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Sign of Four: Intermediate Level (Macmillan Readers) [Tapa blanda]

Arthur Conan Doyle

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Amazon.com: 4.5 de un máximo de 5 estrellas  257 opiniones
31 de 32 personas piensan que la opinión es útil
5.0 de un máximo de 5 estrellas Oh my gosh....AMAZING 14 de febrero de 2010
Por Un cliente - Publicado en Amazon.com
Formato:Versión Kindle
What starts out as a small meeting with an unknown man turns into a murder mystery for Sherlock Holmes. I don't like to spoil endings, but let me say this: if you think the book is boring at first, don't stop reading: there is a TON of action towards the end.
33 de 36 personas piensan que la opinión es útil
5.0 de un máximo de 5 estrellas Best $0.00 I ever spent 26 de octubre de 2010
Por Dustin - Publicado en Amazon.com
Formato:Versión Kindle|Compra verificada
This was a great book, as expected of the Sherlock Holmes novels. The book gets really interesting towards the end as all the others seem to do when Sherlock reveals the mystery. It's a pretty short read, and it's free on kindle! Why wouldn't you get this?
12 de 12 personas piensan que la opinión es útil
5.0 de un máximo de 5 estrellas better than 7 percent solution 20 de septiembre de 2000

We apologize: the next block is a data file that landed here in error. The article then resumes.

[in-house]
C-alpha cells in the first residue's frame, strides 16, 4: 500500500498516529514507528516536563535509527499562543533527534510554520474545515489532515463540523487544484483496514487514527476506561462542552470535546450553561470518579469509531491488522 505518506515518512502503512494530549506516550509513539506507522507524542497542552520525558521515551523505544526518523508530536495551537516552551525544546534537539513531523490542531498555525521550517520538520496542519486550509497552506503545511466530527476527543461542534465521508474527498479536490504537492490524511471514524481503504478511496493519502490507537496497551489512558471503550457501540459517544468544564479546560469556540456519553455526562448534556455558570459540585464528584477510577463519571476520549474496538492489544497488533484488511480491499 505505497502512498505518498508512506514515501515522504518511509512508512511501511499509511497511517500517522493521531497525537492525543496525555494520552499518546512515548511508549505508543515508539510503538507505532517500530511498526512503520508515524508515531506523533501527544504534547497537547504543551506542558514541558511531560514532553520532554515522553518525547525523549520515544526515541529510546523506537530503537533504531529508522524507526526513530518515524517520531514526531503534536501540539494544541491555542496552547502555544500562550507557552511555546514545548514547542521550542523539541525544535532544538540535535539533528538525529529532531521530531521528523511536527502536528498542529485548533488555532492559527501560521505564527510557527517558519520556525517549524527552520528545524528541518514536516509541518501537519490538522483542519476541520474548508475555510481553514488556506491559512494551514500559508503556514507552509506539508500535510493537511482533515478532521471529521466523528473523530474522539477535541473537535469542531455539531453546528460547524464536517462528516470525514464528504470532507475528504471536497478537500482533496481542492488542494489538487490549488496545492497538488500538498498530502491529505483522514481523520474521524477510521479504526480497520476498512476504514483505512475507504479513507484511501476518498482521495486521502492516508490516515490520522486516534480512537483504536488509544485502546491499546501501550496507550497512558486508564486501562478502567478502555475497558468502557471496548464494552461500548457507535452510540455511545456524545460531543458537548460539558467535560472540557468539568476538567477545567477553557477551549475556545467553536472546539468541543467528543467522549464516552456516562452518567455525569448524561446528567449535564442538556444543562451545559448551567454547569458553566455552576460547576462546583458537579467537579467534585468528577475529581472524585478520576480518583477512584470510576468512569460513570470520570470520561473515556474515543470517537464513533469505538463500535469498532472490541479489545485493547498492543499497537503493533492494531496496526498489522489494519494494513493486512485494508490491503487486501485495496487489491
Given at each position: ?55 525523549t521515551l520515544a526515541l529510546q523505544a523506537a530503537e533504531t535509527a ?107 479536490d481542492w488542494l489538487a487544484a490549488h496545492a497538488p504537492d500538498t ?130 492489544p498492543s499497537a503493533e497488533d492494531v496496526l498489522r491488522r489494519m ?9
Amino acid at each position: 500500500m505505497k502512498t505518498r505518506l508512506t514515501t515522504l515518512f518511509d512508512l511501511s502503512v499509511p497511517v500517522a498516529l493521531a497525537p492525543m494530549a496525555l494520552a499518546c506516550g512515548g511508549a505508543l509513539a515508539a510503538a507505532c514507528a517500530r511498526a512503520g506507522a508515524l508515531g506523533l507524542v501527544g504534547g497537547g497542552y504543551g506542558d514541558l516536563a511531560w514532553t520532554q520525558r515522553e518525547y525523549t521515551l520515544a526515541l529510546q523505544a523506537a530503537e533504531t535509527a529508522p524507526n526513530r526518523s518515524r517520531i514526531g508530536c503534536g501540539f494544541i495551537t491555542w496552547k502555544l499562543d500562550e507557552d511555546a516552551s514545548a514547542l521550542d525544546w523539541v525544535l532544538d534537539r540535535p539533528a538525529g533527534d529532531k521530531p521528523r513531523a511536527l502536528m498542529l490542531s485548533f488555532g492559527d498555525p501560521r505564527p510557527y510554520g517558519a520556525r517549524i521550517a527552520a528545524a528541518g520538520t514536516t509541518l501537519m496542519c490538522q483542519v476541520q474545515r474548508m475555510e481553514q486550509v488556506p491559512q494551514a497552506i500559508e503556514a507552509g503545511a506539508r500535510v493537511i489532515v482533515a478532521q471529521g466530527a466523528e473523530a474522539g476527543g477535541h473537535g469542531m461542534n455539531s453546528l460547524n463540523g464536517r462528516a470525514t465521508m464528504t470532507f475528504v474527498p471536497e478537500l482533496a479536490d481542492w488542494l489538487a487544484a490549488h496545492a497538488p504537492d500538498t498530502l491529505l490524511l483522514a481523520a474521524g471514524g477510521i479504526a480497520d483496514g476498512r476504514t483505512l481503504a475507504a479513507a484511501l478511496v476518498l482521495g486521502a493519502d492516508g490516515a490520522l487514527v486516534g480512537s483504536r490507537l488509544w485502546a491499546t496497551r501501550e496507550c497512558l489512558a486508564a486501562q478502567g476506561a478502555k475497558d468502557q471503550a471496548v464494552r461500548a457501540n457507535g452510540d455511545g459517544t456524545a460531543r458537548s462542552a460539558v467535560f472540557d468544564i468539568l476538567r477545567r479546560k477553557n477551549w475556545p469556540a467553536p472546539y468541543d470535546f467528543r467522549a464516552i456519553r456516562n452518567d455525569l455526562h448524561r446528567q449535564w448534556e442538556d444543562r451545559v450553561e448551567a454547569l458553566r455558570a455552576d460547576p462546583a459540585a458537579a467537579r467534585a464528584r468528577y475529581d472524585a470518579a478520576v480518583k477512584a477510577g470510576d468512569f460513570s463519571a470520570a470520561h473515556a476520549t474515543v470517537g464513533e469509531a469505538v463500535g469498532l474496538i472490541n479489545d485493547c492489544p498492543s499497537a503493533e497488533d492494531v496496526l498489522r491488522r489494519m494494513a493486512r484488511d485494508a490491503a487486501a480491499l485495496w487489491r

Por Daniel J. Connelly - Publicado en Amazon.com
Formato:Tapa blanda
As the second full-length story of Doyle's Holmes series, this book is a classic. It lacks the landmark status of A Study in Scarlet and the overall drama of The Hound of the Baskervilles, but nevertheless is a must-read for all Holmes fans and is strongly recommended to fans of detective fiction. The crime scene is a classic -- "Watson, when you have eliminated all other possibilities, the remaining possibility, no matter how seemingly improbable, is nevertheless likely".... or something like that.
While A Study in Scarlet deals rather unmercifully with the Mormon colony in Utah, A Sign of Four presents what would now be considered a strikingly politically incorrect perspective on India. It's an historically interesting British viewpoint from late in the last century.
Whether you read a public copy or get it from the University of Virginia on-line archive, I strongly recommend A Sign of Four. It's a quick read, and certainly a better option for spare time than Holmes' seven percent solution.
13 de 14 personas piensan que la opinión es útil
5.0 de un máximo de 5 estrellas Murder, Mystery and Treasure! 2 de mayo de 2002
Por Peter Tevis - Publicado en Amazon.com
Formato:Tapa blanda
A classic Holmes novel, this book is perhaps one of Sherlock's most puzzling mysteries. As told by Dr. Watson, this mystery may have been one of Holmes's toughest cases yet.
As Sherlock is injecting cocaine into his blood system, he sits down with placid relief, until there is a knock at the door. In enters the beautiful Mary Morstan, whom Watson immediately takes a fancy to. While Watson observes her beauty, Holmes observes her problem. It seems that she is a rather middle-class woman, with style and father in the military, who is currently stationed in India. He had recently wrote to her saying that he would come to visit. However, he never showed up when she went to pick him up. That was ten years ago. But starting six years ago, four years after his disappearance, Miss Morstan had been receiving mysterious packages containing pearls of great value, one a year. Having been contacted by her mysterious complimentor, should she go and meet him? Or should she stay home? The truth lies with in the book.